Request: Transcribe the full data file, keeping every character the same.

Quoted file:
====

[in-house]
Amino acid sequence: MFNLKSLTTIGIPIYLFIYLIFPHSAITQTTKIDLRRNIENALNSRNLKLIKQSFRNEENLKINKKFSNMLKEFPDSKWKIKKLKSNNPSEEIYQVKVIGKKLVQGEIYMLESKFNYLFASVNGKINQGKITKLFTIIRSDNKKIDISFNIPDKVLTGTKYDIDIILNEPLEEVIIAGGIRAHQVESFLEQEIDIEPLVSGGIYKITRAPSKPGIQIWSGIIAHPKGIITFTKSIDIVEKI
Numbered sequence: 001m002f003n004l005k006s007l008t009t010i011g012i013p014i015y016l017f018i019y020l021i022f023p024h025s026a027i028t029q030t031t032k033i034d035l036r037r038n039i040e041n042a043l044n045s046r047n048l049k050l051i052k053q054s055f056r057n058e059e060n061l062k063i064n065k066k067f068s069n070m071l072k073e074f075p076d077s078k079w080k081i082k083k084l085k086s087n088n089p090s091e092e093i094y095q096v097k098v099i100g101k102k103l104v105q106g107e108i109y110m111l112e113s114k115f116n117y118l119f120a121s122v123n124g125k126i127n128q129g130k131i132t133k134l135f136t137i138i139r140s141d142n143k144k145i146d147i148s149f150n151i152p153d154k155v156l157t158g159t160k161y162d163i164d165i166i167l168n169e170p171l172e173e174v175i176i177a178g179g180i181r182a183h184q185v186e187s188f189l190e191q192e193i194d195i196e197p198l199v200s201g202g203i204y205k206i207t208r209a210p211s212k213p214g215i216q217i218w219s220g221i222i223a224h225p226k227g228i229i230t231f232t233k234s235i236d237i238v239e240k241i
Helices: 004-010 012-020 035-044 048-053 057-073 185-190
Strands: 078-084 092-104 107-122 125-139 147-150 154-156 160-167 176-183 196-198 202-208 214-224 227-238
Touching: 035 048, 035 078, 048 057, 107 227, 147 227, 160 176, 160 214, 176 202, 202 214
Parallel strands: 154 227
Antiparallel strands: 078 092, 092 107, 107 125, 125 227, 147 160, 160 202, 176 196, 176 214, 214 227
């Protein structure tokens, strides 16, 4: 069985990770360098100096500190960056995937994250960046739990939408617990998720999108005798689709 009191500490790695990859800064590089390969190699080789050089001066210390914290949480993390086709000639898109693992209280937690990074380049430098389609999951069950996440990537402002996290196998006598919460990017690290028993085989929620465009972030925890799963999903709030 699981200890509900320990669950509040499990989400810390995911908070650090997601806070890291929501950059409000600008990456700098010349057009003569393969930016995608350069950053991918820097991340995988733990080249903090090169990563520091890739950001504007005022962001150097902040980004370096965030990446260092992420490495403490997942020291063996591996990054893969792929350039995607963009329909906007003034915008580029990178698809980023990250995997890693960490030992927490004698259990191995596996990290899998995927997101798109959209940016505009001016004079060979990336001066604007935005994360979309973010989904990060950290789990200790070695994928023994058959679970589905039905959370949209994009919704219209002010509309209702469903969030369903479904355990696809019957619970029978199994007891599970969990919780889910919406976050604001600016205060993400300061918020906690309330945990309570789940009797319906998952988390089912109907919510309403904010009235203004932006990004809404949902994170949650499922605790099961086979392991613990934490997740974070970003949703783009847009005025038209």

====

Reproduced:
[in-house]
Amino acid sequence: MFNLKSLTTIGIPIYLFIYLIFPHSAITQTTKIDLRRNIENALNSRNLKLIKQSFRNEENLKINKKFSNMLKEFPDSKWKIKKLKSNNPSEEIYQVKVIGKKLVQGEIYMLESKFNYLFASVNGKINQGKITKLFTIIRSDNKKIDISFNIPDKVLTGTKYDIDIILNEPLEEVIIAGGIRAHQVESFLEQEIDIEPLVSGGIYKITRAPSKPGIQIWSGIIAHPKGIITFTKSIDIVEKI
Numbered sequence: 001m002f003n004l005k006s007l008t009t010i011g012i013p014i015y016l017f018i019y020l021i022f023p024h025s026a027i028t029q030t031t032k033i034d035l036r037r038n039i040e041n042a043l044n045s046r047n048l049k050l051i052k053q054s055f056r057n058e059e060n061l062k063i064n065k066k067f068s069n070m071l072k073e074f075p076d077s078k079w080k081i082k083k084l085k086s087n088n089p090s091e092e093i094y095q096v097k098v099i100g101k102k103l104v105q106g107e108i109y110m111l112e113s114k115f116n117y118l119f120a121s122v123n124g125k126i127n128q129g130k131i132t133k134l135f136t137i138i139r140s141d142n143k144k145i146d147i148s149f150n151i152p153d154k155v156l157t158g159t160k161y162d163i164d165i166i167l168n169e170p171l172e173e174v175i176i177a178g179g180i181r182a183h184q185v186e187s188f189l190e191q192e193i194d195i196e197p198l199v200s201g202g203i204y205k206i207t208r209a210p211s212k213p214g215i216q217i218w219s220g221i222i223a224h225p226k227g228i229i230t231f232t233k234s235i236d237i238v239e240k241i
Helices: 004-010 012-020 035-044 048-053 057-073 185-190
Strands: 078-084 092-104 107-122 125-139 147-150 154-156 160-167 176-183 196-198 202-208 214-224 227-238
Touching: 035 048, 035 078, 048 057, 107 227, 147 227, 160 176, 160 214, 176 202, 202 214
Parallel strands: 154 227
Antiparallel strands: 078 092, 092 107, 107 125, 125 227, 147 160, 160 202, 176 196, 176 214, 214 227
């Protein structure tokens, strides 16, 4: 069985990770360098100096500190960056995937994250960046739990939408617990998720999108005798689709 009191500490790695990859800064590089390969190699080789050089001066210390914290949480993390086709000639898109693992209280937690990074380049430098389609999951069950996440990537402002996290196998006598919460990017690290028993085989929620465009972030925890799963999903709030 699981200890509900320990669950509040499990989400810390995911908070650090997601806070890291929501950059409000600008990456700098010349057009003569393969930016995608350069950053991918820097991340995988733990080249903090090169990563520091890739950001504007005022962001150097902040980004370096965030990446260092992420490495403490997942020291063996591996990054893969792929350039995607963009329909906007003034915008580029990178698809980023990250995997890693960490030992927490004698259990191995596996990290899998995927997101798109959209940016505009001016004079060979990336001066604007935005994360979309973010989904990060950290789990200790070695994928023994058959679970589905039905959370949209994009919704219209002010509309209702469903969030369903479904355990696809019957619970029978199994007891599970969990919780889910919406976050604001600016205060993400300061918020906690309330945990309570789940009797319906998952988390089912109907919510309403904010009235203004932006990004809404949902994170949650499922605790099961086979392991613990934490997740974070970003949703783009847009005025038209």